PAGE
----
[Figure 1] compares the DVH generated for the IMRT and six-field 3D-CRT prostate plans. It clearly illustrates the dose received by 1/3 rd , 2/3 rd , and 3/3 volume of bladder, rectum, right femur, and left femur and its corresponding computed PNI. It also shows the tolerance doses for the user selected critical structures and the PNI for the whole plan. In addition to PNI computation, it also shows a comparison of dosimetric parameters, such as D2/D98, D > 107%, D < 95%, and CI. The Figure also shows that the percentage of rectum volume receiving V65, V70, and V75 exceeds the threshold limit recommended by QUANTEC for six-field 3D-CRT plan. [Table 2] shows the PNI computed for the prostate case. The PNI for 3F, 3F-M, 4F-M, 6F-M, and 7F-IMRT were 1.54, 1.30, 1.27, 0.96, and 0.73, respectively. Using Eq. (1), PNI can also be computed for individual structures as shown in [Table 2] and these values illustrate the ratio of actual dose received by a partial/whole volume to the tolerance dose. These Figures indicate that IMRT considerably reduces the doses to the overall combined critical structures as compared to other techniques and 3F-O results in more doses to the critical structures. The rectal and femoral doses are significantly affected with the number and orientation of treatment fields. The CI for 3F-O, 3F-M, 4F-M, 6F and 7F-IMRT were 1.90, 1.29, 1.34, 1.27, and 1.09, respectively. [Figure 2] shows the prescription isodose colorwash for the 3-F MLC plan and IMRT for UAC and [Figure 3] compares the DVH of PTV, CTV, rt. kidney, lt. kidney, liver, and spinal cord for 3-F MLC and IMRT plans. The CI computed for the 3F-MLC and IMRT were 1.6 and 1.16, respectively. [Table 3] compares the PNI for 3-F MLC plan and IMRT. The computed PNI for 3F-MLC and IMRT were 1.26 and 1.05 indicating that IMRT relatively reduces the overall dose to critical structures. [Figure 4] shows the comparison of 3D-CRT and IMRT plan for lung cancer. [Table 4] shows the comparison of PNI with 3D-CRT and IMRT for lung cancer. In this particular case, the PNI for 3D-CRT plan is almost equivalent to the IMRT plan. The decrease in the dose to right lung and liver with IMRT is offsetted by dose to the contralateral lung and spinal cord. But at the same time, the IMRT plan demonstrates a good CI (1.16) as compared to 1.45 for 3D-CRT. [Table 5] shows the comparison of PNI with 3D-CRT and IMRT for head and neck cancer. The PNI for 3D-CRT and IMRT were 3.27 and 1.77, respectively. In the case of 3D-CRT, both the parotids have exceeded the tolerance doses due to the arrangement of parallel opposed fields to a dose of 50 Gy and hence the PNI for parotids are high as compared to IMRT plan.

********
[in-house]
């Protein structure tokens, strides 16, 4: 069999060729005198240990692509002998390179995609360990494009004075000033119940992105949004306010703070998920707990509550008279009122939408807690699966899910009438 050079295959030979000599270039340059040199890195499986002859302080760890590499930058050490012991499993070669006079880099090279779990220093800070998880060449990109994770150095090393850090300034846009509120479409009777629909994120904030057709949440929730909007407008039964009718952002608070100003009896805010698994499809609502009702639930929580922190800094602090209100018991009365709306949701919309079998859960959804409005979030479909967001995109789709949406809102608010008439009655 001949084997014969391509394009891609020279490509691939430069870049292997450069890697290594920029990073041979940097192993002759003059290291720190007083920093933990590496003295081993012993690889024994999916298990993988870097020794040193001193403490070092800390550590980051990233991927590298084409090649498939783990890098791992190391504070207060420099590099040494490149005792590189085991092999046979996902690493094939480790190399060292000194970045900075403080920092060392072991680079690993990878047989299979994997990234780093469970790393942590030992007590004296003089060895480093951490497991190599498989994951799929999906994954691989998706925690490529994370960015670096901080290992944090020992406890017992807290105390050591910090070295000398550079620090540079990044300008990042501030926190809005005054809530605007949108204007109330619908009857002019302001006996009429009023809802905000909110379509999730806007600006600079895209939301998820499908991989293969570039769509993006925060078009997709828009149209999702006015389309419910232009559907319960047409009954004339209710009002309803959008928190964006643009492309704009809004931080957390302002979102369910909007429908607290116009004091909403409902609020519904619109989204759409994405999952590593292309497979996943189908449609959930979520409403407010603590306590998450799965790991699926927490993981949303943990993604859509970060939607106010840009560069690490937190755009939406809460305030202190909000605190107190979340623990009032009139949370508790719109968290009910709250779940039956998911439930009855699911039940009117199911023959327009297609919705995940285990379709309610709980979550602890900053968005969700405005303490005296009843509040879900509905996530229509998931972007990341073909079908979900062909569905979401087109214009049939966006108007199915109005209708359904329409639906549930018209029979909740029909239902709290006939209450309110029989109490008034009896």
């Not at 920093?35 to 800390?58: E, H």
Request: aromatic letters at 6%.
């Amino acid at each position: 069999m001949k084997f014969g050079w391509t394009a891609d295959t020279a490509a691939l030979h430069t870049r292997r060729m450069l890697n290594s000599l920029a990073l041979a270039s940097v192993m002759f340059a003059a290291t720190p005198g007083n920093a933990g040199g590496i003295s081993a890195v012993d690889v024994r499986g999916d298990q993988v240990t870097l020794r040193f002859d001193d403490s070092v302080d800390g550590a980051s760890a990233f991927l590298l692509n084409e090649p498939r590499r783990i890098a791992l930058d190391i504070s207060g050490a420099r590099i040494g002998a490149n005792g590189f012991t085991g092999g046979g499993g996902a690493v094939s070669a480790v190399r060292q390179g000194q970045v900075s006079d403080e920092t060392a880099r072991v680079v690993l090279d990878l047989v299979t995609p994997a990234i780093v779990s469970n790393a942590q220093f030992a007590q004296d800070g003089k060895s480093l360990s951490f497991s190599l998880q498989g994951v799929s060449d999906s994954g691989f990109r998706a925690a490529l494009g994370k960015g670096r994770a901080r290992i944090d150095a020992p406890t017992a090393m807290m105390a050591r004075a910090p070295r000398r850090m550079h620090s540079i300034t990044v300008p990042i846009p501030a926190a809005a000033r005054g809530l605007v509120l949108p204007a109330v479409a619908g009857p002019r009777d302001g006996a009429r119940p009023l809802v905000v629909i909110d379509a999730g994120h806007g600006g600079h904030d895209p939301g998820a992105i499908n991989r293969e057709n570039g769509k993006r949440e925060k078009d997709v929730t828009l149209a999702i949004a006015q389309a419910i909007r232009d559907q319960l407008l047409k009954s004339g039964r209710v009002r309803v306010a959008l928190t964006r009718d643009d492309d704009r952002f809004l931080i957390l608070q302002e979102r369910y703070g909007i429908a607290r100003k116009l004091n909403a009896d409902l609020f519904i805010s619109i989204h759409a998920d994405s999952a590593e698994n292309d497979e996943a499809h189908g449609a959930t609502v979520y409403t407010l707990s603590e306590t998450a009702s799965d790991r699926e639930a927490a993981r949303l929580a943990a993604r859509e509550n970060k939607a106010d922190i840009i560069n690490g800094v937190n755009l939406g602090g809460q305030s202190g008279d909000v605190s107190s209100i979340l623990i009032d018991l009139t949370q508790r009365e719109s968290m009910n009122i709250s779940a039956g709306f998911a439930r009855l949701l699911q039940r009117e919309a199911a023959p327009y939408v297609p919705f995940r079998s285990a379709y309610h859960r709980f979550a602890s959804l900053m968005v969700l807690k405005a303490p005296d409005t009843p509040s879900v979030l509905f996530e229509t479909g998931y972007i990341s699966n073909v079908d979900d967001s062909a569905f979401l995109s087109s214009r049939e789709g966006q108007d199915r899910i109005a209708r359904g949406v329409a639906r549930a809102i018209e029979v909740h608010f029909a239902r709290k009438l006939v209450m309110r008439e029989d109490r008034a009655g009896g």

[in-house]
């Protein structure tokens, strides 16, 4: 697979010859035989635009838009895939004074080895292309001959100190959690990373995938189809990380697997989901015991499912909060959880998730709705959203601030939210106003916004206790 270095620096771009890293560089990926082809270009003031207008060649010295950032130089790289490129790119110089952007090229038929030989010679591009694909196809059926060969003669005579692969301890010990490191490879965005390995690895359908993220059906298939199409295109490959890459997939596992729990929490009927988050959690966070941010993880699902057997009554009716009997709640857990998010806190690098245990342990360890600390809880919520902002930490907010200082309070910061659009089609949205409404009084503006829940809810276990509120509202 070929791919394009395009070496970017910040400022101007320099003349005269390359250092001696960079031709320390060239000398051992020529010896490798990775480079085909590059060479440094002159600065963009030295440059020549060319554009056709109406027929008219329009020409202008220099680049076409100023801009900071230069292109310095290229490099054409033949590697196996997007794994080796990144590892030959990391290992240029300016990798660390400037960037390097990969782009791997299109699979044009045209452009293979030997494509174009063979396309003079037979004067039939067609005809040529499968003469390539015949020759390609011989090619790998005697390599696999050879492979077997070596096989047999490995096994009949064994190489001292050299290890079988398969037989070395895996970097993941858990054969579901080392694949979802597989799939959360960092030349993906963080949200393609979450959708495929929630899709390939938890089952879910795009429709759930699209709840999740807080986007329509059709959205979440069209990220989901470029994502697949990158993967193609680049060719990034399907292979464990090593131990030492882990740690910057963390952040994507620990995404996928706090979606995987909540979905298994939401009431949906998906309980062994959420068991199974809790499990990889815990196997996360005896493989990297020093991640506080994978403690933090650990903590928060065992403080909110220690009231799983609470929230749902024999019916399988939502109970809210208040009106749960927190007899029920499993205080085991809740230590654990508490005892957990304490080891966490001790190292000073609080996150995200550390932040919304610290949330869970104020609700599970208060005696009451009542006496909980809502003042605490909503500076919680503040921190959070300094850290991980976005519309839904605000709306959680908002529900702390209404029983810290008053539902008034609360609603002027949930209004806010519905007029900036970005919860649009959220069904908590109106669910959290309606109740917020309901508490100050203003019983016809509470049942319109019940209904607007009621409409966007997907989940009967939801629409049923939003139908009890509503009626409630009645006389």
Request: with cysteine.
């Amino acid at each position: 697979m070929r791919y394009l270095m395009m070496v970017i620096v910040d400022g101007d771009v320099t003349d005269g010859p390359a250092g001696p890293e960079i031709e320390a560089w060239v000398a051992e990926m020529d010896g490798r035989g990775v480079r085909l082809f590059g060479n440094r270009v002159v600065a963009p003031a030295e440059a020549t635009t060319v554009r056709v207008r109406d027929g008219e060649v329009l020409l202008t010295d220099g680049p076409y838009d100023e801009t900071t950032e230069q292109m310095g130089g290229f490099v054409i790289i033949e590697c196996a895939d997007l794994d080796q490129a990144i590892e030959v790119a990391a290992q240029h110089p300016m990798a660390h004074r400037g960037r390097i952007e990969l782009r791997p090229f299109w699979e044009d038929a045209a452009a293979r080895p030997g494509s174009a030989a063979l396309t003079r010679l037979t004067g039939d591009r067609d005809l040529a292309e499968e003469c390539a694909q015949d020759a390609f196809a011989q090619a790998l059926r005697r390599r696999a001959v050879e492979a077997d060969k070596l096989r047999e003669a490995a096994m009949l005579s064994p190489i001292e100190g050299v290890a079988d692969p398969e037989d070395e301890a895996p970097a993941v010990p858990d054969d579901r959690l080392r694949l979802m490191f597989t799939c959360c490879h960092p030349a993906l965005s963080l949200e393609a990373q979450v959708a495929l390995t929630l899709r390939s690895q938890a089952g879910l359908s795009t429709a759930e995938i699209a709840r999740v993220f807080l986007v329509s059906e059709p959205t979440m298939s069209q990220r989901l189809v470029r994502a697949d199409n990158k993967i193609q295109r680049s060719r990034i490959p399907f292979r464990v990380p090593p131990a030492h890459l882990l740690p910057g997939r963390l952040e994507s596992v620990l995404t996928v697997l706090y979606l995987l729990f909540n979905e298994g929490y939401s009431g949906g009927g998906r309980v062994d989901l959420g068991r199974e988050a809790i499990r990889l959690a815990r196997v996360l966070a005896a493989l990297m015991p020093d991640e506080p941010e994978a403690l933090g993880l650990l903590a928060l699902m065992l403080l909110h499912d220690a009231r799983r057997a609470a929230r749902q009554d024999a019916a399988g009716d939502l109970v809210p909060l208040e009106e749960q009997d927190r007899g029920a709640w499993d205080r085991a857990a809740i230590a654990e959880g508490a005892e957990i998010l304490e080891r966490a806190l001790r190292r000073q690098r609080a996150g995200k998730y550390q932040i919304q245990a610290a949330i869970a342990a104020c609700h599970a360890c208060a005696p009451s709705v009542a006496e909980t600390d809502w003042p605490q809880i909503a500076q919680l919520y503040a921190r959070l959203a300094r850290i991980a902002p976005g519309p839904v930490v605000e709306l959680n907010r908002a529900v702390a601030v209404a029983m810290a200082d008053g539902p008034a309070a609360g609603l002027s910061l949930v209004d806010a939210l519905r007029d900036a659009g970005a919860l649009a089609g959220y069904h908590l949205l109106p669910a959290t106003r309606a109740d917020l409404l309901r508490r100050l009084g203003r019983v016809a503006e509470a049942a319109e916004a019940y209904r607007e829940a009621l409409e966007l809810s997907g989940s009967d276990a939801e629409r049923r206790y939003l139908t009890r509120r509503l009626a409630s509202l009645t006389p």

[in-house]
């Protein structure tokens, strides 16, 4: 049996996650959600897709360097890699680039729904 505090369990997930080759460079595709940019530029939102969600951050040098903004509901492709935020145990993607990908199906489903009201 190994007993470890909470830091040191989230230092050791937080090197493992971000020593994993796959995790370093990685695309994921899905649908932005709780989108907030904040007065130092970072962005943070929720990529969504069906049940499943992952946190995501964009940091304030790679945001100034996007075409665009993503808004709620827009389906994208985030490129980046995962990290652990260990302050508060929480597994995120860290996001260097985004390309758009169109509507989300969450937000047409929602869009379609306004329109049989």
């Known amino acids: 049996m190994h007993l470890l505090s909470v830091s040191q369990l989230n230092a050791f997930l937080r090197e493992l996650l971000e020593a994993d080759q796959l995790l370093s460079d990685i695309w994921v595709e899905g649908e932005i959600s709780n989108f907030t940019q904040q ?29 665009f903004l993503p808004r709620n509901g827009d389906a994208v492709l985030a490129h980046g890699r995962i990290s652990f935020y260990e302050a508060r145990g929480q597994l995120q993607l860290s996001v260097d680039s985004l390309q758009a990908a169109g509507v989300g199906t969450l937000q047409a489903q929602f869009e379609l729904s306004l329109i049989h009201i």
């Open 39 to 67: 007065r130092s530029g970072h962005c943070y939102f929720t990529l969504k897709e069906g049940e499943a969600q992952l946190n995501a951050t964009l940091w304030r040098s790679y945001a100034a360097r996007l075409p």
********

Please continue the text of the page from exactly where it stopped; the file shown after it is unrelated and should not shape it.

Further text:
Table 2: Comparison of PNI with different treatment planning techniques for prostate cancer